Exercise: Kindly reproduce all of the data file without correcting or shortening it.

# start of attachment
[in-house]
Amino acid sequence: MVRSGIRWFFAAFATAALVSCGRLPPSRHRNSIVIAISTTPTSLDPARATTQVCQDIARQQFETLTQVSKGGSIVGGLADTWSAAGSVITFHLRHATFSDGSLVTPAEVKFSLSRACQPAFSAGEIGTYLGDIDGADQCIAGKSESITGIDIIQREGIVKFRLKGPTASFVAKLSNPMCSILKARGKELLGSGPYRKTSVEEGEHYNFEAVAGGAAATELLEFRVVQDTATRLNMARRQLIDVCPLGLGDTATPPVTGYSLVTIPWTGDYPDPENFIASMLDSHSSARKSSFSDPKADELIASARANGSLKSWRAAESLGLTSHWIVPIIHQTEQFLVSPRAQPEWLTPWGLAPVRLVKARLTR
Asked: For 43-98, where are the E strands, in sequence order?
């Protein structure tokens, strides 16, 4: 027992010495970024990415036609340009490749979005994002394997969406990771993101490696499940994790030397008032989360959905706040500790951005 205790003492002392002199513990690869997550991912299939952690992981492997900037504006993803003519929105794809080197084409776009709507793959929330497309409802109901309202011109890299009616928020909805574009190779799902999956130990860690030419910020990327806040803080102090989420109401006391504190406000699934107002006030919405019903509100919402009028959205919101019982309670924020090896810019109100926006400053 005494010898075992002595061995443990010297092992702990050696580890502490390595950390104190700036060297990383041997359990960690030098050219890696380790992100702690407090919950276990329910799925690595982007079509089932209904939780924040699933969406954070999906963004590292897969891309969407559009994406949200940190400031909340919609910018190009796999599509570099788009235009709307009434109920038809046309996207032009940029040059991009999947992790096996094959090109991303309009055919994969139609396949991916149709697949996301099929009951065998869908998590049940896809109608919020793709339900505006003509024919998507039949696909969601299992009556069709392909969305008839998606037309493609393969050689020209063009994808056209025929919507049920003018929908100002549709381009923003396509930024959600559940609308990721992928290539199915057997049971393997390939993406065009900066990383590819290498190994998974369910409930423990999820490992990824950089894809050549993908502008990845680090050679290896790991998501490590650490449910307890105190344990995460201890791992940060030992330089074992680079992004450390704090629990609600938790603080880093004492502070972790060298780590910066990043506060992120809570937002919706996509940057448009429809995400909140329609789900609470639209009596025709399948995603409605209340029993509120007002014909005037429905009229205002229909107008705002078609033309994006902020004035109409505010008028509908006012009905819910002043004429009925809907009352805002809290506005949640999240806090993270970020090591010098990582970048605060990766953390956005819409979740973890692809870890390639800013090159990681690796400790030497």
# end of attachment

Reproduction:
[in-house]
Amino acid sequence: MVRSGIRWFFAAFATAALVSCGRLPPSRHRNSIVIAISTTPTSLDPARATTQVCQDIARQQFETLTQVSKGGSIVGGLADTWSAAGSVITFHLRHATFSDGSLVTPAEVKFSLSRACQPAFSAGEIGTYLGDIDGADQCIAGKSESITGIDIIQREGIVKFRLKGPTASFVAKLSNPMCSILKARGKELLGSGPYRKTSVEEGEHYNFEAVAGGAAATELLEFRVVQDTATRLNMARRQLIDVCPLGLGDTATPPVTGYSLVTIPWTGDYPDPENFIASMLDSHSSARKSSFSDPKADELIASARANGSLKSWRAAESLGLTSHWIVPIIHQTEQFLVSPRAQPEWLTPWGLAPVRLVKARLTR
Asked: For 43-98, where are the E strands, in sequence order?
């Protein structure tokens, strides 16, 4: 027992010495970024990415036609340009490749979005994002394997969406990771993101490696499940994790030397008032989360959905706040500790951005 205790003492002392002199513990690869997550991912299939952690992981492997900037504006993803003519929105794809080197084409776009709507793959929330497309409802109901309202011109890299009616928020909805574009190779799902999956130990860690030419910020990327806040803080102090989420109401006391504190406000699934107002006030919405019903509100919402009028959205919101019982309670924020090896810019109100926006400053 005494010898075992002595061995443990010297092992702990050696580890502490390595950390104190700036060297990383041997359990960690030098050219890696380790992100702690407090919950276990329910799925690595982007079509089932209904939780924040699933969406954070999906963004590292897969891309969407559009994406949200940190400031909340919609910018190009796999599509570099788009235009709307009434109920038809046309996207032009940029040059991009999947992790096996094959090109991303309009055919994969139609396949991916149709697949996301099929009951065998869908998590049940896809109608919020793709339900505006003509024919998507039949696909969601299992009556069709392909969305008839998606037309493609393969050689020209063009994808056209025929919507049920003018929908100002549709381009923003396509930024959600559940609308990721992928290539199915057997049971393997390939993406065009900066990383590819290498190994998974369910409930423990999820490992990824950089894809050549993908502008990845680090050679290896790991998501490590650490449910307890105190344990995460201890791992940060030992330089074992680079992004450390704090629990609600938790603080880093004492502070972790060298780590910066990043506060992120809570937002919706996509940057448009429809995400909140329609789900609470639209009596025709399948995603409605209340029993509120007002014909005037429905009229205002229909107008705002078609033309994006902020004035109409505010008028509908006012009905819910002043004429009925809907009352805002809290506005949640999240806090993270970020090591010098990582970048605060990766953390956005819409979740973890692809870890390639800013090159990681690796400790030497």